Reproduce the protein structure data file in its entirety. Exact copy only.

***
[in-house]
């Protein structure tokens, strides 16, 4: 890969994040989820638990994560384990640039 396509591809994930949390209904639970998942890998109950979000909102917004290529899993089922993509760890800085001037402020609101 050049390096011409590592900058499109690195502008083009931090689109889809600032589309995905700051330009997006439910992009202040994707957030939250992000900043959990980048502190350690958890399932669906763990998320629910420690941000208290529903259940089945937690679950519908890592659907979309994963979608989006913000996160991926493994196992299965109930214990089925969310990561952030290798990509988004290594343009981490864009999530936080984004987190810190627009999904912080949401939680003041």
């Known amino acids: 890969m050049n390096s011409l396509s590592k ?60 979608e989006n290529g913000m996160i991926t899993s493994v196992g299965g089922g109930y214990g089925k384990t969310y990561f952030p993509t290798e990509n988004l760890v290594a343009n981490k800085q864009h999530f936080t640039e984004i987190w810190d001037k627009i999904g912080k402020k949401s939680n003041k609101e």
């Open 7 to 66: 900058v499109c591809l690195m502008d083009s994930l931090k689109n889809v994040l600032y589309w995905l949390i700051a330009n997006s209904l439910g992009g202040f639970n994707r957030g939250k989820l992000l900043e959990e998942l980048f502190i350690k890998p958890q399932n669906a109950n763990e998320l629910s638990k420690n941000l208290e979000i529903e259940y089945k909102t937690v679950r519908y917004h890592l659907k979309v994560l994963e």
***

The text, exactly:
[in-house]
């Protein structure tokens, strides 16, 4: 890969994040989820638990994560384990640039 396509591809994930949390209904639970998942890998109950979000909102917004290529899993089922993509760890800085001037402020609101 050049390096011409590592900058499109690195502008083009931090689109889809600032589309995905700051330009997006439910992009202040994707957030939250992000900043959990980048502190350690958890399932669906763990998320629910420690941000208290529903259940089945937690679950519908890592659907979309994963979608989006913000996160991926493994196992299965109930214990089925969310990561952030290798990509988004290594343009981490864009999530936080984004987190810190627009999904912080949401939680003041």
């Known amino acids: 890969m050049n390096s011409l396509s590592k ?60 979608e989006n290529g913000m996160i991926t899993s493994v196992g299965g089922g109930y214990g089925k384990t969310y990561f952030p993509t290798e990509n988004l760890v290594a343009n981490k800085q864009h999530f936080t640039e984004i987190w810190d001037k627009i999904g912080k402020k949401s939680n003041k609101e």
């Open 7 to 66: 900058v499109c591809l690195m502008d083009s994930l931090k689109n889809v994040l600032y589309w995905l949390i700051a330009n997006s209904l439910g992009g202040f639970n994707r957030g939250k989820l992000l900043e959990e998942l980048f502190i350690k890998p958890q399932n669906a109950n763990e998320l629910s638990k420690n941000l208290e979000i529903e259940y089945k909102t937690v679950r519908y917004h890592l659907k979309v994560l994963e």